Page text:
We use finite number of particles to simulate the real system. In the simulation we did not take into account collisions between particles. The collision between particles and wall are treated as elastic collision. Due to the limited number of particle (200 as default), the simulation will show deviation from equilibrium state. In the real world, there are 10 ^{19} particles cm^{3}. The statistatic error is inverse proportional to squar root of the number of particles. So we can measure fix number of pressure or volume in real world when the system is in equilibrium. But we can not reach that goal for a real simulation with only several hundred of particles. [1] When we change the width of the chamber we get different volumes even though we are keeping the same values for the variables. Do you why this would happen? R: User can drag the boundary to change the boundary for the chamber. The simulation will move back to new equilibrium condition. As long as "Pressure" and "number of particles" and "average velocity" are not changed, the volume should return back to the original value. The deviation is due to statistatic error as explained above. [2] When the piston is near the top or bottom of the chamber the instantaneous volumes shows greater deviations than when the piston is more centered vertically. Is there a reason for this? R: The velocity in the simulation is much smaller than that in the real world. If we put the velocity in the simulation close to the real case, you would not be able to see any of the particles. Because it will be too fast. In real world, the velocity of the particle in room temperature is several hundred meter per second. And the size of the chamber usually are less than meter. The deviation is due to the velocity is too small. [3] Sometimes the bottom line of the piston disappears above the top of the chamber and the volume output is essentially constant. Are the instantaneous volumes collected valid when the piston moves out of sight or have we exceeded the limits of the algorithm? R: The volume output should change when the piston move above the top of the simulated region. It is not a constant. I do not why you said it is essentially a constant. [4] Can you tell us the units for the parameters used to calculate the volumes? Also, are the particles considered to have volumes or are they treated as point particles? R: The particles did not considered to have volumes in the simulation. The volume in the simulation is calculated from width* height in unit of pixel divided by 1000. [5] If the students generate three proportionality constants by varying each parameter individually, would you expect that they could derive a combined proportionality constant that would correctly predict the volume of gas when all three parameters vary? This would be a constant for the simulation analogous to the ideal gas law constant, R. R: you will find the volume of the gas is propotional to number of particle, square of velocity and inverse propertional to pressure. So Pressure*Volume= N * k * velocity ^{2} You can ask students to find out the constant k. Title: UnitsPost by: talimu on July 04, 2007, 01:09:17 am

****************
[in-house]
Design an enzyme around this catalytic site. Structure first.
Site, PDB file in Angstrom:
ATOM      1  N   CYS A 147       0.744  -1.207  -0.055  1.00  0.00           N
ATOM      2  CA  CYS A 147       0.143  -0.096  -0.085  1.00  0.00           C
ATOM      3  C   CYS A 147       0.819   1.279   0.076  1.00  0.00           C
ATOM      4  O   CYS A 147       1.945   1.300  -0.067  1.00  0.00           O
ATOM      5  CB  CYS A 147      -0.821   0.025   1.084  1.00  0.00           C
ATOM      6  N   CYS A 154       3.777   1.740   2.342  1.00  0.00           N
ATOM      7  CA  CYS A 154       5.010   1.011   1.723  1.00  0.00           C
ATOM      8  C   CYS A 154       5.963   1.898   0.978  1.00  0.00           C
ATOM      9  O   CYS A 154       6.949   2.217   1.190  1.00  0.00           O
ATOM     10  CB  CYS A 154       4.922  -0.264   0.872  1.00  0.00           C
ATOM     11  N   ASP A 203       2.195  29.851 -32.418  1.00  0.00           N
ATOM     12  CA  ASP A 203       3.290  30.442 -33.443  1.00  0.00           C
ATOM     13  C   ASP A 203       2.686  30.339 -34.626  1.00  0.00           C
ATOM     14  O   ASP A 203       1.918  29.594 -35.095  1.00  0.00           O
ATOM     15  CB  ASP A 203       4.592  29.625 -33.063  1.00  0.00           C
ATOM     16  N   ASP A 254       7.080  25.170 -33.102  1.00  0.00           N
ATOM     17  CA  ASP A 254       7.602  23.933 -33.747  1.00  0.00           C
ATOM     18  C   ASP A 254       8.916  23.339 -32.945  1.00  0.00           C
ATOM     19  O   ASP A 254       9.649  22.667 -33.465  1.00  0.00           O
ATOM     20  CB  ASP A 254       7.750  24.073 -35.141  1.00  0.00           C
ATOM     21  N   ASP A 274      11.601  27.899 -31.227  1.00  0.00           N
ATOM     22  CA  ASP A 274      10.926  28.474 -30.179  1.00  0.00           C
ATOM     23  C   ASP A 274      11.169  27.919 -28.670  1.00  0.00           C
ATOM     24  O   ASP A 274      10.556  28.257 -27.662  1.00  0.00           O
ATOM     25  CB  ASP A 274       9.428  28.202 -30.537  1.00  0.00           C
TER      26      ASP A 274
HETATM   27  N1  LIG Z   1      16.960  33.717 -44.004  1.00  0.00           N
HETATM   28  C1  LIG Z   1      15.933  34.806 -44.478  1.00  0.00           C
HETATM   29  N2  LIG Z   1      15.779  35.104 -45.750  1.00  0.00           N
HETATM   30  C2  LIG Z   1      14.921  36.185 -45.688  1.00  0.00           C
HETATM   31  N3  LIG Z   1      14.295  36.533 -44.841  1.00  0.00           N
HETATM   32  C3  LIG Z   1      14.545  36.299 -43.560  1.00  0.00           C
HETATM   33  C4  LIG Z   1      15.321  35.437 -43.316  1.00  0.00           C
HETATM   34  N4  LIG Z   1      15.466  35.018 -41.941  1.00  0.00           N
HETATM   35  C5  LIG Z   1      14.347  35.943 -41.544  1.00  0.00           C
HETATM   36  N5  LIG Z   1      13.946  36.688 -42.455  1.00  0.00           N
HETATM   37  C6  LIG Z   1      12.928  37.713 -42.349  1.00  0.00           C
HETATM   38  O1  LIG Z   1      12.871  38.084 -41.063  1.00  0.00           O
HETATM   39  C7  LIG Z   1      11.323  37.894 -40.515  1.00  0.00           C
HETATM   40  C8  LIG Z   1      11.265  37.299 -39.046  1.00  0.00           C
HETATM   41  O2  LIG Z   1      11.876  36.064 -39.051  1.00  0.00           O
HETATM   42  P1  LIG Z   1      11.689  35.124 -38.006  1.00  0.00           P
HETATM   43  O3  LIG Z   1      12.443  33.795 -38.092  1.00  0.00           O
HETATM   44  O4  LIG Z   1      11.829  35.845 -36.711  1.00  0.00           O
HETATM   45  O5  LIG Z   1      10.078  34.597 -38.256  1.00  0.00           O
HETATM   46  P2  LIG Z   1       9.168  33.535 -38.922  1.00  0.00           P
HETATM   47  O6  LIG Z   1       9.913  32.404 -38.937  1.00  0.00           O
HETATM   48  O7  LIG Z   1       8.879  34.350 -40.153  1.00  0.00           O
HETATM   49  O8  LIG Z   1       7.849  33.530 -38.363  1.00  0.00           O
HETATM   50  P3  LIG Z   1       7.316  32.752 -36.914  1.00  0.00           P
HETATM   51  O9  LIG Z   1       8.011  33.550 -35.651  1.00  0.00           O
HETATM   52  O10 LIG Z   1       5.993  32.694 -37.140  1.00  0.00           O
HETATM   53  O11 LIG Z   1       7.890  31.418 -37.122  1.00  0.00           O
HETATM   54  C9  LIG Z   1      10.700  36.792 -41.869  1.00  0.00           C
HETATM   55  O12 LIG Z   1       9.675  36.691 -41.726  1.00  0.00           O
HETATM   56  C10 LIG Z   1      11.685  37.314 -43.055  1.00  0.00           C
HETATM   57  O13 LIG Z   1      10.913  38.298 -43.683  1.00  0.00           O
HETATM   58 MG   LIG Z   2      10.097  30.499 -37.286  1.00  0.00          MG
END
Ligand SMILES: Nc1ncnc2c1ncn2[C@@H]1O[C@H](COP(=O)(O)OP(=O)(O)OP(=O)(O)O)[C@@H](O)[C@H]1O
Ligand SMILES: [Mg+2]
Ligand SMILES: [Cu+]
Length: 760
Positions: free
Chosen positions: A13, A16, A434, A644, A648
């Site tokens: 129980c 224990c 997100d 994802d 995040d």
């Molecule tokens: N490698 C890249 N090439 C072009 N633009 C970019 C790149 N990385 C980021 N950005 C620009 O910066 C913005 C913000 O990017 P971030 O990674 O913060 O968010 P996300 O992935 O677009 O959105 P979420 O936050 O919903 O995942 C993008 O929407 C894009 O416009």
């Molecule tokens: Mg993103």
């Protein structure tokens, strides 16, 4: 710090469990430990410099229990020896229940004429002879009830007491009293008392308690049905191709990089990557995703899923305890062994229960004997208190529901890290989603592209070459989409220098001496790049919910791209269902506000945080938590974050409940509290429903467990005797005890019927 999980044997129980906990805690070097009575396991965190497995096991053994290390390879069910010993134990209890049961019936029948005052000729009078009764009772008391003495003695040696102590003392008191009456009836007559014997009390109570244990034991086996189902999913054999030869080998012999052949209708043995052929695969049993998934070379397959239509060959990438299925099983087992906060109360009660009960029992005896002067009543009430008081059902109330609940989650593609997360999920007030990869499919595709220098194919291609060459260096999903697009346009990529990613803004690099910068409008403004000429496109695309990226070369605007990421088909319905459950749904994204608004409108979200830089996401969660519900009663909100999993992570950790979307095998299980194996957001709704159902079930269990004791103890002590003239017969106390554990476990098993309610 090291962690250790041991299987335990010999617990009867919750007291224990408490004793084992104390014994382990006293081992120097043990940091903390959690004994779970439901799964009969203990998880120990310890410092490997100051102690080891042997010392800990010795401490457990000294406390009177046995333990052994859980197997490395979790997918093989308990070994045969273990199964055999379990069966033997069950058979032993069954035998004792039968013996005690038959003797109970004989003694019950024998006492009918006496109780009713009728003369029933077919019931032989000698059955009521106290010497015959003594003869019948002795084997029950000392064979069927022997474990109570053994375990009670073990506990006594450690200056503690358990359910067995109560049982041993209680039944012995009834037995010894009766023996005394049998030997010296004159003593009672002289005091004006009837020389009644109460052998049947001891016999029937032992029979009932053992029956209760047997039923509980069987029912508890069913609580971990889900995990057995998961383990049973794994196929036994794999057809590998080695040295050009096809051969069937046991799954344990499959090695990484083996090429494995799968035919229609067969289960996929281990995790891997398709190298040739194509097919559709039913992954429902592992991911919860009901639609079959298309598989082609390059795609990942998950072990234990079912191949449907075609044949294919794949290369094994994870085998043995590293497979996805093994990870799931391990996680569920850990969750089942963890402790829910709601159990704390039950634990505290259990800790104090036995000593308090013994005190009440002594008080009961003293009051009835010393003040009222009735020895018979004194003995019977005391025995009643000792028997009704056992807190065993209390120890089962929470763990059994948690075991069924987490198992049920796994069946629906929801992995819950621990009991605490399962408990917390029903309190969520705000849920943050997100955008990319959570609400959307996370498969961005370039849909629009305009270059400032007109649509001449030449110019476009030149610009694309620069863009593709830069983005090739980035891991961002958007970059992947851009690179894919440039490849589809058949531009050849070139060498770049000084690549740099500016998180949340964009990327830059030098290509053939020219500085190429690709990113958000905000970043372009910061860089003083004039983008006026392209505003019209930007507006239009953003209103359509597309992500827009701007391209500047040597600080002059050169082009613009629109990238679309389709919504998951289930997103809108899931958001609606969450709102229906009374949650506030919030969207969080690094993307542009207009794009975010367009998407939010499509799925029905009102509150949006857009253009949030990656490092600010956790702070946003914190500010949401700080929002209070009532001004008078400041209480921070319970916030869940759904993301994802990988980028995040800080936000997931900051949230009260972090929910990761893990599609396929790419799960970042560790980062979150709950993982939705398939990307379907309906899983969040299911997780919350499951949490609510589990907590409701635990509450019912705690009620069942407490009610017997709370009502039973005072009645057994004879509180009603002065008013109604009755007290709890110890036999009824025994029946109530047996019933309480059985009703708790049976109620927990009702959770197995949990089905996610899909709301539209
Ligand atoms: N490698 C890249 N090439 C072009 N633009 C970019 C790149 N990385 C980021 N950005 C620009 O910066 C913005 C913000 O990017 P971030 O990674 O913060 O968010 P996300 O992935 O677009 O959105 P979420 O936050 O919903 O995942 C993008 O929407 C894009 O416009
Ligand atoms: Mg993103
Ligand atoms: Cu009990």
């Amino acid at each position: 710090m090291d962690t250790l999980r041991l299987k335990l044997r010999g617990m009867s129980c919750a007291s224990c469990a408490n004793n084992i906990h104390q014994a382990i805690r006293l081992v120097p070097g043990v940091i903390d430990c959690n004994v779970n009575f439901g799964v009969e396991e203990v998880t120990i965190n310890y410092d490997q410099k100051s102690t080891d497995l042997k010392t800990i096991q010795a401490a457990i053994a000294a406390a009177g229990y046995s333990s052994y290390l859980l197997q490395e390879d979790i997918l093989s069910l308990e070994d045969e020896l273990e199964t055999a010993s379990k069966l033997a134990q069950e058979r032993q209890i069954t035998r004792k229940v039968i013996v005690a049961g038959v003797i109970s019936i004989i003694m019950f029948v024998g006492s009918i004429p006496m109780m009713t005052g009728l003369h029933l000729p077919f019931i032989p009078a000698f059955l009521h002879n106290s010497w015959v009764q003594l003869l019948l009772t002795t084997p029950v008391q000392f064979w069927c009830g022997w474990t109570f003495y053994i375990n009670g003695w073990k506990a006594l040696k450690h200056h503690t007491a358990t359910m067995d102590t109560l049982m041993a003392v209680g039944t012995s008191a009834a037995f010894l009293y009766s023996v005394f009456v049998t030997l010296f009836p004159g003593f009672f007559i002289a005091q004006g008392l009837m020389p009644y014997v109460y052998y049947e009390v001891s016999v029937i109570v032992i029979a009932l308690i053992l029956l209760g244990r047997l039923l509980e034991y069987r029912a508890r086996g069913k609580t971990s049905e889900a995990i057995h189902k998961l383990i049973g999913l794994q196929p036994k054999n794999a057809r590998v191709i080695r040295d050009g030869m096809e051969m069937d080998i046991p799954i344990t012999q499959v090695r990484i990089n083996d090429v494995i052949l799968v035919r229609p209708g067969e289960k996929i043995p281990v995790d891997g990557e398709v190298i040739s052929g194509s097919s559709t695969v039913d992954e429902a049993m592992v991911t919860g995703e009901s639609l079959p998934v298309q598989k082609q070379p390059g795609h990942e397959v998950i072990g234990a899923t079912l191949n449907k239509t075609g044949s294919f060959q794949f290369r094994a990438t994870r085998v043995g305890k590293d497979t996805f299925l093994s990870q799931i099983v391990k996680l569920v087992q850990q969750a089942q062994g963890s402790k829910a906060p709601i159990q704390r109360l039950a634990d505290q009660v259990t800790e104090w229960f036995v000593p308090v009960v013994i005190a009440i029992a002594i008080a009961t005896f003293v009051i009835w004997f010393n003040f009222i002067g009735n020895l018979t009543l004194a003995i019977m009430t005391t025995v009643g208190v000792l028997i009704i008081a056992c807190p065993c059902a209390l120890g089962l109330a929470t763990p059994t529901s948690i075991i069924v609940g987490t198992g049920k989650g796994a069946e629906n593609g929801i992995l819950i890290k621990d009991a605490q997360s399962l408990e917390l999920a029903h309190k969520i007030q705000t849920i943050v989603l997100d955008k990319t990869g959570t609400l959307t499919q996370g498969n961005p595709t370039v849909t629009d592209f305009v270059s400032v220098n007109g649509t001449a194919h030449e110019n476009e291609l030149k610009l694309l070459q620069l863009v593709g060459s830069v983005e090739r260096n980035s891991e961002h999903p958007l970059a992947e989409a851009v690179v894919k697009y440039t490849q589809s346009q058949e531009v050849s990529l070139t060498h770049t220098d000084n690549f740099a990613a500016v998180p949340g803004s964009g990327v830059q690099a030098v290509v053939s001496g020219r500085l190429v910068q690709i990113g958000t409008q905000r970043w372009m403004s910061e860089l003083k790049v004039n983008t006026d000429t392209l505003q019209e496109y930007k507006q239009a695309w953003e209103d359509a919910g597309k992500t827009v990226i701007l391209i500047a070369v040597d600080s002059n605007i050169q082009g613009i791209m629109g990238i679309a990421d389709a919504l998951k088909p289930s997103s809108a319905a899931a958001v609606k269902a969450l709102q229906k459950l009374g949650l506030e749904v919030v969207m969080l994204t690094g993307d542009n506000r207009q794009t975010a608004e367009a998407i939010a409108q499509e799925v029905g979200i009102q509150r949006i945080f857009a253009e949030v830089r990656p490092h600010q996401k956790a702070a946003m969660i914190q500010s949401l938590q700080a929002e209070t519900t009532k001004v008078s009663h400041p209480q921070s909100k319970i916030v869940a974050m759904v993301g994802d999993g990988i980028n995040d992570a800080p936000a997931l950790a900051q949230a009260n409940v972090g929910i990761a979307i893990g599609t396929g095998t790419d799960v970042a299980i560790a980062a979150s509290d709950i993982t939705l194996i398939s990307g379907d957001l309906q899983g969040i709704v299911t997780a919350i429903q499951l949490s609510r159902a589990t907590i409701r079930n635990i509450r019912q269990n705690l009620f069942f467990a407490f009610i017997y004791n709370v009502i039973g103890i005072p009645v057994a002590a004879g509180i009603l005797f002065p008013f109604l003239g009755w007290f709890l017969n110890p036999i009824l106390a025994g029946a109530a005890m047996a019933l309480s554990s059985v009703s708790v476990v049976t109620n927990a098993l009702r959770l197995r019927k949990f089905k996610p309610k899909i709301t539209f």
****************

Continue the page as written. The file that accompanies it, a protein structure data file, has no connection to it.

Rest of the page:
Dear mr. Hwang